296-307-12030Providing specific information about applications—Standards for workers—40 C.F.R., § 170.122. [Statutory Authority: RCW 49.17.040. WSR 98-24-096, § 296-307-12030, filed 12/1/98, effective 3/1/99. WSR 97-09-013, recodified as § 296-307-12030, filed 4/7/97, effective 4/7/97. Statutory Authority: RCW 49.17.040, [49.17.]050 and [49.17.]060. WSR 96-20-082, § 296-306A-12030, filed 9/30/96, effective 11/1/96.] Repealed by WSR 19-21-169, filed 10/22/19, effective 2/3/20. Statutory Authority: RCW 49.17.040, 49.17.050, 49.17.280 and chapter 49.17 RCW.
296-307-12035Notice of applications to handler employers—Standards for workers—40 C.F.R., § 170.124. [WSR 97-09-013, recodified as § 296-307-12035, filed 4/7/97, effective 4/7/97. Statutory Authority: RCW 49.17.040, [49.17.]050 and [49.17.]060. WSR 96-20-08, § 296-306A-12035, filed 9/30/96, effective 11/1/96.] Repealed by WSR 19-21-169, filed 10/22/19, effective 2/3/20. Statutory Authority: RCW 49.17.040, 49.17.050, 49.17.280 and chapter 49.17 RCW.
296-307-12040Pesticide safety training—Standards for workers—40 C.F.R., § 170.130. [Statutory Authority: RCW 49.17.010, [49.17].040, and [49.17].050. WSR 01-17-033, § 296-307-12040, filed 8/8/01, effective 9/1/01. Statutory Authority: RCW 49.17.040. WSR 98-24-096, § 296-307-12040, filed 12/1/98, effective 3/1/99. WSR 97-09-013, recodified as § 296-307-12040, filed 4/7/97, effective 4/7/97. Statutory Authority: RCW 49.17.040, [49.17.]050 and [49.17.]060. WSR 96-20-082, § 296-306A-12040, filed 9/30/96, effective 11/1/96.] Repealed by WSR 19-21-169, filed 10/22/19, effective 2/3/20. Statutory Authority: RCW 49.17.040, 49.17.050, 49.17.280 and chapter 49.17 RCW.
296-307-12045Posted pesticide safety information—Standards for workers—40 C.F.R., § 170.135. [WSR 97-09-013, recodified as § 296-307-12045, filed 4/7/97, effective 4/7/97. Statutory Authority: RCW 49.17.040, [49.17.]050 and [49.17.]060. WSR 96-20-082, § 296-306A-12045, filed 9/30/96, effective 11/1/96.] Repealed by WSR 19-21-169, filed 10/22/19, effective 2/3/20. Statutory Authority: RCW 49.17.040, 49.17.050, 49.17.280 and chapter 49.17 RCW.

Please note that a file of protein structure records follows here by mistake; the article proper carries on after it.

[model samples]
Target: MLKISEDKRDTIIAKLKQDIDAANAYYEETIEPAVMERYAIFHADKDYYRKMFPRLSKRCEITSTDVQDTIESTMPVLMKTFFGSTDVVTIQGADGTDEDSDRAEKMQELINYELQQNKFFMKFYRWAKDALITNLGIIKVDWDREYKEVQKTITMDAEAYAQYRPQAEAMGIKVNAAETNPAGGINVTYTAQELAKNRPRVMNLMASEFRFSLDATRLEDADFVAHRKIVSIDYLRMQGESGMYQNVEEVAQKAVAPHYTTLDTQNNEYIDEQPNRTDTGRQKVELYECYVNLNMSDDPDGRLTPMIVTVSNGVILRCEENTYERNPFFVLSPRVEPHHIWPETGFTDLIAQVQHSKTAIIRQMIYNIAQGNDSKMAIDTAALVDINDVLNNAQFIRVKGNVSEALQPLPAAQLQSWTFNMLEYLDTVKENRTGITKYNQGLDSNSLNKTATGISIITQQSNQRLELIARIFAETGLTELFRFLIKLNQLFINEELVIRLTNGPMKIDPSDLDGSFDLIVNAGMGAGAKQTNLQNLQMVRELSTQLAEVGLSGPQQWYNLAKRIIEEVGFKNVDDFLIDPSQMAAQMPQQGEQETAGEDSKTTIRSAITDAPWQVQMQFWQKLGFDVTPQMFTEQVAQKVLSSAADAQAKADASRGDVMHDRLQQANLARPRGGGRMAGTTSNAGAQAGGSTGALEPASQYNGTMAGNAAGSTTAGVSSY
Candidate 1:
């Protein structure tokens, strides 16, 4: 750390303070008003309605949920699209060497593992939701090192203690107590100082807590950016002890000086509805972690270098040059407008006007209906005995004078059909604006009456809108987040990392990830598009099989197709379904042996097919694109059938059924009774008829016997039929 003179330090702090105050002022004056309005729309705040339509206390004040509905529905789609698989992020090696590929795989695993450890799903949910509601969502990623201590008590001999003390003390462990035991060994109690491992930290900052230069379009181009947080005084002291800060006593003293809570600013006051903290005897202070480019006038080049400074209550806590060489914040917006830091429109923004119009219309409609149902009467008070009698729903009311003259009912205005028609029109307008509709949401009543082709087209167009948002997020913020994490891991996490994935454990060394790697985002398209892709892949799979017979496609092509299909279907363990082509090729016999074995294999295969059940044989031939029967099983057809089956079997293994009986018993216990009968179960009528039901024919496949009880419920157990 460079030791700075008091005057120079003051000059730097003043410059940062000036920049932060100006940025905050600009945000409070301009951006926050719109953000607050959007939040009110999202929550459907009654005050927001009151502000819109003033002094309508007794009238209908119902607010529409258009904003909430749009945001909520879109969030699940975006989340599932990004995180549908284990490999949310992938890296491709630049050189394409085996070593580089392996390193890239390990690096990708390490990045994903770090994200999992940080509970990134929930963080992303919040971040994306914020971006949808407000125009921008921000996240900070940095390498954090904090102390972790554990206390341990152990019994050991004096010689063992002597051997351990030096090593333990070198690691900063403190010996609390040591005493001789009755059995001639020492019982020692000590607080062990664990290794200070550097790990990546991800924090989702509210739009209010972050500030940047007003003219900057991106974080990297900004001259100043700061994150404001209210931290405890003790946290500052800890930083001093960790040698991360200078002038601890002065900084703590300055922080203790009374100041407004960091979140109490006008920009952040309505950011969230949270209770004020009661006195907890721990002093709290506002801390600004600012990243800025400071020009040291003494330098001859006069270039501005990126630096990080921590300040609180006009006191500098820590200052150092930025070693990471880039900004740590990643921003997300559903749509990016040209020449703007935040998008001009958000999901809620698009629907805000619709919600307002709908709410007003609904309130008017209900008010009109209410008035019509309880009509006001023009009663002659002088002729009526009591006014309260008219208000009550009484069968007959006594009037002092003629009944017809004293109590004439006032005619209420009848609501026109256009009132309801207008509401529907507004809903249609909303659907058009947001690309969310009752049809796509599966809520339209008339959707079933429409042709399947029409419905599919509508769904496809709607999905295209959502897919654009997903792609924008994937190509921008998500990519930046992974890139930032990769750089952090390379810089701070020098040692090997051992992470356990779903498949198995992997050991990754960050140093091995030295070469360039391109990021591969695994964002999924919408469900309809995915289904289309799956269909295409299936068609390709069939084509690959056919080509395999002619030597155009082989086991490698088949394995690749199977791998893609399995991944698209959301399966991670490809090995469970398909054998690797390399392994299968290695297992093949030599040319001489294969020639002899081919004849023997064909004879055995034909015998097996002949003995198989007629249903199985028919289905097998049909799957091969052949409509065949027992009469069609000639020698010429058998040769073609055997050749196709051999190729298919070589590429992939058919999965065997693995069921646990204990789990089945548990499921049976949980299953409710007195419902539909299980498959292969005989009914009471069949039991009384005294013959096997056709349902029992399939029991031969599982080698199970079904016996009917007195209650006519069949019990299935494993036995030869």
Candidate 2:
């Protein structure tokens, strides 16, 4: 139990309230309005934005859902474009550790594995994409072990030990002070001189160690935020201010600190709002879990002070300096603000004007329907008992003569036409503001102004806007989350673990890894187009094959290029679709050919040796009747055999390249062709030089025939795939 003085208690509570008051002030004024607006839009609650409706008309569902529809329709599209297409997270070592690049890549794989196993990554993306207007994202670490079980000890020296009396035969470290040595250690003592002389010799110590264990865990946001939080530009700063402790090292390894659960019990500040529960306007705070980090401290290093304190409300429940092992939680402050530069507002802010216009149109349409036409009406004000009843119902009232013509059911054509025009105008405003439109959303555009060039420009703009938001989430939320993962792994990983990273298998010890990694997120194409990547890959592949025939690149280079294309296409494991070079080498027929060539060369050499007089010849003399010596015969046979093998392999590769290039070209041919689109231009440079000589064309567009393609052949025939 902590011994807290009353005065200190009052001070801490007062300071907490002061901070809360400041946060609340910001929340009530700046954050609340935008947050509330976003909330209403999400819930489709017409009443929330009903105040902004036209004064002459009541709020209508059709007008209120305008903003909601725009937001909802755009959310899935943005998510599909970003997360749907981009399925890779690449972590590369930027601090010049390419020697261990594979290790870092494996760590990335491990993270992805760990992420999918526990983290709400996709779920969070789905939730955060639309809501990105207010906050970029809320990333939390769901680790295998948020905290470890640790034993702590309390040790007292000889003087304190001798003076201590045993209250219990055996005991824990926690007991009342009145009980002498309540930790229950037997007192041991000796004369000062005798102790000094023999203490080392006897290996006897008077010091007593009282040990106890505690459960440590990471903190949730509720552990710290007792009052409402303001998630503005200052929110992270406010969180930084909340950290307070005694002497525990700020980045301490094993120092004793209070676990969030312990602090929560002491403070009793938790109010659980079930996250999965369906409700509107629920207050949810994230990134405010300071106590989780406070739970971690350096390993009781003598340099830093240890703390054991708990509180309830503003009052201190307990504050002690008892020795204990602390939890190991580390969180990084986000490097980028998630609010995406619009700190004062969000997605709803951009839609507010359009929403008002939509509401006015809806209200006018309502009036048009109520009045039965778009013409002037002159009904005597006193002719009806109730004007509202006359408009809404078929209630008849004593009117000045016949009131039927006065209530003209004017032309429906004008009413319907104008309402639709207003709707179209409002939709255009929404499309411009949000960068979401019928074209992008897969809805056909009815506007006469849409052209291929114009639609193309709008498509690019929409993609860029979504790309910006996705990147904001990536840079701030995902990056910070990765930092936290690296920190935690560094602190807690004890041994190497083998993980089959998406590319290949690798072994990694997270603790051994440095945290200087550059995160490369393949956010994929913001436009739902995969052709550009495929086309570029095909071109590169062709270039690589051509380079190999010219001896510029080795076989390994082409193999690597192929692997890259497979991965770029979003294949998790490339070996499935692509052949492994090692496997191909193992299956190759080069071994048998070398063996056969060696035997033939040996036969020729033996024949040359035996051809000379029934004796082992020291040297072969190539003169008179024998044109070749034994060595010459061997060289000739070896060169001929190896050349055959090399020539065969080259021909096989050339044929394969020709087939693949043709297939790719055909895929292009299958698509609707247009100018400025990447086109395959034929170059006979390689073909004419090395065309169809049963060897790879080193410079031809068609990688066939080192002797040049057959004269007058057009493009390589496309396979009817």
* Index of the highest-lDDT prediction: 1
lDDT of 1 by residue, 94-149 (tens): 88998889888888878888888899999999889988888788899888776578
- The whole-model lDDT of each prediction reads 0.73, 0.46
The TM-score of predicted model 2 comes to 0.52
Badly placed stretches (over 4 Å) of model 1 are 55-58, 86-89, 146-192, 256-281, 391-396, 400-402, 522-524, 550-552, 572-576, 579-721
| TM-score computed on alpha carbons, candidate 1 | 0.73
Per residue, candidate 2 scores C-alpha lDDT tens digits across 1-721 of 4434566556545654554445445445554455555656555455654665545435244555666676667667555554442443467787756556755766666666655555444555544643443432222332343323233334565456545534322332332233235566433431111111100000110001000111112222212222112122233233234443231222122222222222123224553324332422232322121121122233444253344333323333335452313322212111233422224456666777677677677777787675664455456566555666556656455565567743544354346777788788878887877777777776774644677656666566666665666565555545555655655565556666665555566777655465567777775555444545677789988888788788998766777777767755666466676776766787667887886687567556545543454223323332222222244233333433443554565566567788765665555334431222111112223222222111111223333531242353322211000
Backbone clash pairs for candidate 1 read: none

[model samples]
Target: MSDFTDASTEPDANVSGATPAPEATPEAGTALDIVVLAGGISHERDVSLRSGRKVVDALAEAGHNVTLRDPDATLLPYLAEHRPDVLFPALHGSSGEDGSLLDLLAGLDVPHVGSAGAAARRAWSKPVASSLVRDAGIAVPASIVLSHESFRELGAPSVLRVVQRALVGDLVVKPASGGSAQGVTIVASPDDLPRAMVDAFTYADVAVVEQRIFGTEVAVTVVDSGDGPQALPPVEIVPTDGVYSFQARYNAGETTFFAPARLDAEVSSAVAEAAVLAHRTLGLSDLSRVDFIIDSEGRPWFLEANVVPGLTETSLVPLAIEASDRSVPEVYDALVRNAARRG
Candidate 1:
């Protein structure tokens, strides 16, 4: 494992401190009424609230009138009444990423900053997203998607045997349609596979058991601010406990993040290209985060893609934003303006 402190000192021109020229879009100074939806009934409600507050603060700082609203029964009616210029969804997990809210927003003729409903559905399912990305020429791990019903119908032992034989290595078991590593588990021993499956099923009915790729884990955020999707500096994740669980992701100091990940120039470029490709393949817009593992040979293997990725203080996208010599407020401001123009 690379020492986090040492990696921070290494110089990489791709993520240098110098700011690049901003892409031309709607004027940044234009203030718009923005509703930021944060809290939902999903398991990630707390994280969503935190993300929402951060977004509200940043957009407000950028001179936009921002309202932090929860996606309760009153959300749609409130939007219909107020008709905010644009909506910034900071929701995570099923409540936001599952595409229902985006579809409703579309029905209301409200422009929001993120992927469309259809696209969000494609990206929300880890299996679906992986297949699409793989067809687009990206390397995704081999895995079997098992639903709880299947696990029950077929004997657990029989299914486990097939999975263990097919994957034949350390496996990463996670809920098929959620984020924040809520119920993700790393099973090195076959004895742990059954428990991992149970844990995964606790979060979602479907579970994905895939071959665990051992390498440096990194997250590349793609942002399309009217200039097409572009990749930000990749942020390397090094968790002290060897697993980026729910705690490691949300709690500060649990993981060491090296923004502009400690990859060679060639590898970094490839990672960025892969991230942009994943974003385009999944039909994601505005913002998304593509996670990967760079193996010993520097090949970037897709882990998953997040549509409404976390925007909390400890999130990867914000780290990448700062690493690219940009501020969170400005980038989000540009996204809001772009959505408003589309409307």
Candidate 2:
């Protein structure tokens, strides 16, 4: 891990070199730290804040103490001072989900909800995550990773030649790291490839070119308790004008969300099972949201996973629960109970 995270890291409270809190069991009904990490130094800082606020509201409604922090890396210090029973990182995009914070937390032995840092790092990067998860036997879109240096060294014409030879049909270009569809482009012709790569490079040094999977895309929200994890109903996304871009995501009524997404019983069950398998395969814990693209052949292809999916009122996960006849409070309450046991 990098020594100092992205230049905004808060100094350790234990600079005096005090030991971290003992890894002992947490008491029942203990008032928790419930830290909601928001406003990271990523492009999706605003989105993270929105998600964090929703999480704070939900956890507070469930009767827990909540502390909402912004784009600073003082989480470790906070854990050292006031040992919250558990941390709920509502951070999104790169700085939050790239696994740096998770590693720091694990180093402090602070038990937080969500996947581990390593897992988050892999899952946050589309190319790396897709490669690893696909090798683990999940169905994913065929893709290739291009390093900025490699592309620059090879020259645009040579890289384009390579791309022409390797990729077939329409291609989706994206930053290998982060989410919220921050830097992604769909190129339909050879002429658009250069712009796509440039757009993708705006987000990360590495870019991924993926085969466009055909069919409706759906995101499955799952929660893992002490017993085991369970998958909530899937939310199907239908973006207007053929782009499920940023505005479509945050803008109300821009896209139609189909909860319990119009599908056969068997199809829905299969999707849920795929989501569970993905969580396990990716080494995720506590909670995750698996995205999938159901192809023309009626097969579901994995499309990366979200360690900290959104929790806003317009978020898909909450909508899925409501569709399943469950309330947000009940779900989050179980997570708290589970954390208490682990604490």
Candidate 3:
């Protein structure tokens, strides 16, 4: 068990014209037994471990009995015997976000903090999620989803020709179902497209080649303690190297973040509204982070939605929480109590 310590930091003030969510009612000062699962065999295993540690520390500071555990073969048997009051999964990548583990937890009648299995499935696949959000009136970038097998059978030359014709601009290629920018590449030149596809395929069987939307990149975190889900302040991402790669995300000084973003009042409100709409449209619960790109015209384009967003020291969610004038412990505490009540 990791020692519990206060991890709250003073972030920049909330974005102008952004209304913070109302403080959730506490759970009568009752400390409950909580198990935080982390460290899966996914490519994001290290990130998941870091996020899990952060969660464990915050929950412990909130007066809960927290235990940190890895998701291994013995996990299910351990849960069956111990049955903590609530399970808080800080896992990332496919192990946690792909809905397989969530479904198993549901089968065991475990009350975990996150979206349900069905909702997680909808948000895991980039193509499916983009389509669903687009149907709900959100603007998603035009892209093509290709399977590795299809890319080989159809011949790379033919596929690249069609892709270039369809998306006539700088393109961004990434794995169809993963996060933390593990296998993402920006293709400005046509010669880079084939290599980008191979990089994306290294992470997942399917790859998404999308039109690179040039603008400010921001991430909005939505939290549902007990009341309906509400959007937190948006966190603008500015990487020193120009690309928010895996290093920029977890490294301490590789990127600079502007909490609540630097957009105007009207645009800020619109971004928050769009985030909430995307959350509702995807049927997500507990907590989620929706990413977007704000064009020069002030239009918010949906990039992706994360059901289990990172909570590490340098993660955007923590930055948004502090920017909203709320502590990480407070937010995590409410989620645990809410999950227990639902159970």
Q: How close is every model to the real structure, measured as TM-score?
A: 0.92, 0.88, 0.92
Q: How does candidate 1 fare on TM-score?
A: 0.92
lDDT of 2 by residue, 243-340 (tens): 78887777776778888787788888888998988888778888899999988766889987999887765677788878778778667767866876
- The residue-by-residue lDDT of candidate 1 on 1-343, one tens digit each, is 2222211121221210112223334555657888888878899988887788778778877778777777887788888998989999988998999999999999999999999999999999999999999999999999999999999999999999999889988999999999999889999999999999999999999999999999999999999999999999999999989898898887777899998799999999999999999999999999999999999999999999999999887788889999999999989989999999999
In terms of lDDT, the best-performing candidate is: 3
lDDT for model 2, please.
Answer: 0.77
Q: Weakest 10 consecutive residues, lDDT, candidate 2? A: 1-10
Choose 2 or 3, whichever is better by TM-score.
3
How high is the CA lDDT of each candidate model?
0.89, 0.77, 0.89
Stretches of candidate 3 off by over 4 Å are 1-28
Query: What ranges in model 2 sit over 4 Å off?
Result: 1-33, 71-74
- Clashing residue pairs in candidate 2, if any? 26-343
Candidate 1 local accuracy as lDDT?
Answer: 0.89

296-307-12050Decontamination—Standards for workers—40 C.F.R., § 170.150. [Statutory Authority: RCW 49.17.040. WSR 98-24-096, § 296-307-12050, filed 12/1/98, effective 3/1/99. WSR 97-09-013, recodified as § 296-307-12050, filed 4/7/97, effective 4/7/97. Statutory Authority: RCW 49.17.040, [49.17.]050 and [49.17.]060. WSR 96-20-082, § 296-306A-12050, filed 9/30/96, effective 11/1/96.] Repealed by WSR 19-21-169, filed 10/22/19, effective 2/3/20. Statutory Authority: RCW 49.17.040, 49.17.050, 49.17.280 and chapter 49.17 RCW.
296-307-12055Emergency assistance—Standards for workers—40 C.F.R., § 170.160. [WSR 97-09-013, recodified as § 296-307-12055, filed 4/7/97, effective 4/7/97. Statutory Authority: RCW 49.17.040, [49.17.]050 and [49.17.]060. WSR 96-20-082, § 296-306A-12055, filed 9/30/96, effective 11/1/96.] Repealed by WSR 19-21-169, filed 10/22/19, effective 2/3/20. Statutory Authority: RCW 49.17.040, 49.17.050, 49.17.280 and chapter 49.17 RCW.
296-307-130Applicability of this section—Standards for pesticide handlers—40 C.F.R., § 170.202. [Statutory Authority: RCW 49.17.040. WSR 98-24-096, § 296-307-130, filed 12/1/98, effective 3/1/99. WSR 97-09-013, recodified as § 296-307-130, filed 4/7/97, effective 4/7/97. Statutory Authority: RCW 49.17.040, [49.17.]050 and [49.17.]060. WSR 96-20-082, § 296-306A-130, filed 9/30/96, effective 11/1/96.] Repealed by WSR 19-21-169, filed 10/22/19, effective 2/3/20. Statutory Authority: RCW 49.17.040, 49.17.050, 49.17.280 and chapter 49.17 RCW.
296-307-13005Exemptions—Standards for handlers—40 C.F.R., § 170.204. [Statutory Authority: RCW 49.17.040. WSR 98-24-096, § 296-307-13005, filed 12/1/98, effective 3/1/99. WSR 97-09-013, recodified as § 296-307-13005, filed 4/7/97, effective 4/7/97. Statutory Authority: RCW 49.17.040, [49.17.]050 and [49.17.]060. WSR 96-20-082, § 296-306A-13005, filed 9/30/96, effective 11/1/96.] Repealed by WSR 19-21-169, filed 10/22/19, effective 2/3/20. Statutory Authority: RCW 49.17.040, 49.17.050, 49.17.280 and chapter 49.17 RCW.